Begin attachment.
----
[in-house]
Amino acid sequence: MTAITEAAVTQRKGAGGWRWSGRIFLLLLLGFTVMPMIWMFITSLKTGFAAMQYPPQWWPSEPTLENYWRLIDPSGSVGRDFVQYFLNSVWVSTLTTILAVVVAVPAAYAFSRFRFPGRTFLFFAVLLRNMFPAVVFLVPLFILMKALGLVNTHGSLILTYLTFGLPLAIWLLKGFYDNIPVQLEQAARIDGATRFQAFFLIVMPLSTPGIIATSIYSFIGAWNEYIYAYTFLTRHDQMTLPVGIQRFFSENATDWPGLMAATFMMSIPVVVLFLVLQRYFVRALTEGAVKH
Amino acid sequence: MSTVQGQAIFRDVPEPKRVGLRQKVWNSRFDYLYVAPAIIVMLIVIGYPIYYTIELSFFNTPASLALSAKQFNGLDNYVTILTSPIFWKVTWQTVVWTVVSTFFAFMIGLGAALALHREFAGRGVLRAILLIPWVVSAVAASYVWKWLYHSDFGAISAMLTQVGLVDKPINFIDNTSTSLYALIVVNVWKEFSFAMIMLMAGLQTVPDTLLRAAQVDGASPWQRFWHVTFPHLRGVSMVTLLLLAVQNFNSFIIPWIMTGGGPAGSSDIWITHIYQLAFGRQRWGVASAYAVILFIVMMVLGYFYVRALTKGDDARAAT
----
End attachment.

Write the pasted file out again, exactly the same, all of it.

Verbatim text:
[in-house]
Amino acid sequence: MTAITEAAVTQRKGAGGWRWSGRIFLLLLLGFTVMPMIWMFITSLKTGFAAMQYPPQWWPSEPTLENYWRLIDPSGSVGRDFVQYFLNSVWVSTLTTILAVVVAVPAAYAFSRFRFPGRTFLFFAVLLRNMFPAVVFLVPLFILMKALGLVNTHGSLILTYLTFGLPLAIWLLKGFYDNIPVQLEQAARIDGATRFQAFFLIVMPLSTPGIIATSIYSFIGAWNEYIYAYTFLTRHDQMTLPVGIQRFFSENATDWPGLMAATFMMSIPVVVLFLVLQRYFVRALTEGAVKH
Amino acid sequence: MSTVQGQAIFRDVPEPKRVGLRQKVWNSRFDYLYVAPAIIVMLIVIGYPIYYTIELSFFNTPASLALSAKQFNGLDNYVTILTSPIFWKVTWQTVVWTVVSTFFAFMIGLGAALALHREFAGRGVLRAILLIPWVVSAVAASYVWKWLYHSDFGAISAMLTQVGLVDKPINFIDNTSTSLYALIVVNVWKEFSFAMIMLMAGLQTVPDTLLRAAQVDGASPWQRFWHVTFPHLRGVSMVTLLLLAVQNFNSFIIPWIMTGGGPAGSSDIWITHIYQLAFGRQRWGVASAYAVILFIVMMVLGYFYVRALTKGDDARAAT